UK stocks rebound

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Britain's leading share index rose on Friday, recovering after sharp falls in the previous session, with financial stocks bouncing back led by Royal Bank of Scotland after its H1 results offered some comfort for hard-pressed investors.

RBS was the top blue chip gainer, rallying 4.7 percent following hefty falls in the previous session, as the part-nationalised bank rounded off the UK banks first-half reporting season with broadly in-line numbers, posting a first half operating profit of 1.83 billion pounds, down from 1.97 billion the year before, broadly in line with expectations.

The bank, which is 82 percent-owned by the government, also confirmed it has dismissed a number of employees for misconduct as a result of its investigations into the Libor interest rate rigging scandal and, along with other banks, is still under investigation by regulators.

“Given all of the distractions, the fact that RBS continues to edge in the right direction at all is of some comfort to investors,” Richard Hunter, Head of Equities at Hargreaves Lansdown Stockbrokers said in a note.

“For the moment, there remains much to be done, during which time the market consensus of a hold is unlikely to be disturbed in either direction,” Hunter added.

RBS was among Thomson Reuters StarMine's lowest ranked companies for earnings quality in the FTSE 100, with a score of 15 out of 100 prior to the release of these results, compared with the sector median of 39.

That means its earnings growth is expected to be difficult to sustain over the next 12 months based on what has contributed to those earnings in the recent past.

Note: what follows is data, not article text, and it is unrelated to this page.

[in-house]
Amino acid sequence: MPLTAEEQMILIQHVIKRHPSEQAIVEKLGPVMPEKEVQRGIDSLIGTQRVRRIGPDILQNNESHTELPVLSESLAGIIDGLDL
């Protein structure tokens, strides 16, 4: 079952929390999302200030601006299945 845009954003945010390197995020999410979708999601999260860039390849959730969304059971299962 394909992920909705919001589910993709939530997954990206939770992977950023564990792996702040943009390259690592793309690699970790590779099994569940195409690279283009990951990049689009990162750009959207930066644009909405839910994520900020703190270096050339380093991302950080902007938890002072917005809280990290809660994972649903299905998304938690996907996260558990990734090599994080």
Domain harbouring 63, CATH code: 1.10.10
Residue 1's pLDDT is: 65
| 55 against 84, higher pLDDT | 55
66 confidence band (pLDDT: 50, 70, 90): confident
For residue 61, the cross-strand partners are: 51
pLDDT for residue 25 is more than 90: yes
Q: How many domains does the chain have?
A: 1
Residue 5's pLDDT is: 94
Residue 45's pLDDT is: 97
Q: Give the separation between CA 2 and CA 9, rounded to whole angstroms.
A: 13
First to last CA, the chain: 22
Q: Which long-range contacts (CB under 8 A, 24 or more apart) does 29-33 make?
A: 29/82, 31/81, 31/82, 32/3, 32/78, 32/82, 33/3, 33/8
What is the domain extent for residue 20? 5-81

Volume in RBS shares was solid, at 42.7 percent of the 90-day daily average after an hour and 15 minutes of trading.

At 10:21 SA time, the FTSE 100 was up 45.13 points, or 0.8 percent at 5,707.33, recapuring the 5,700 level surrendered following a 0.9 percent slide on Thursday which came after the European Central Bank failed to deliver widely expected stimulus measures to help tackle the euro zone debt crisis.

Investors in London shrugged aside that ECB disappointment on Friday to focus on hopes that July's US jobs data, due at 14:30 SA time, could prompt the US Federal Reserve to launch further stimulus measures if they miss forecasts.

“There might be a feeling that maybe the move yesterday on the ECB was overdone - I think we're getting a bit of a relief off that, and as we've seen with the jobs figures in recent months, whatever happens, the market tends to view it as good,” David Jones, chief market strategist at IG Index said.

US non-farm payrolls are forecast to rise by 100,000 in July, after an 80,000 increase in June, with the unemployment rate seen static at 8.2 percent.

“If we get a good number, it shows the economy's maybe better than we thought. If we get a bad number, then people think it's going to force the Fed's hand to do more QE,” IG Group's Jones added.

IAG PAIN

International Airlines Group was by far the biggest FTSE 100 faller, dropping 3.9 percent as Europe's fourth-biggest airline group by market value - formed by the merger of British Airways and Iberia - cut its full-year profit guidance citing a poor performance from its Spanish unit and rising fuel costs.

The guidance cut came as IAG reported an operating loss of 253 million euros ($307.6 million) in the six months to the end of June compared to a profit of 88 million euros in the same period a year ago

“The statement indicates deep, structural problems at Iberia and a restructuring plan is anticipated to be finalised by the end of September. We await further details about this on the conference call but it is clear that IAG as a stock will struggle until more clarity is reached on its troubled Iberia division,” Davy Stockbrokers said in a note.

Volume in IAG shares was strong, with the stock having traded over 57 percent of its 90-day daily average by 10:21 SA time, while overall volume for the FTSE 100 index was moderate at 9.8 percent of the 90-day daily average. - Reuters


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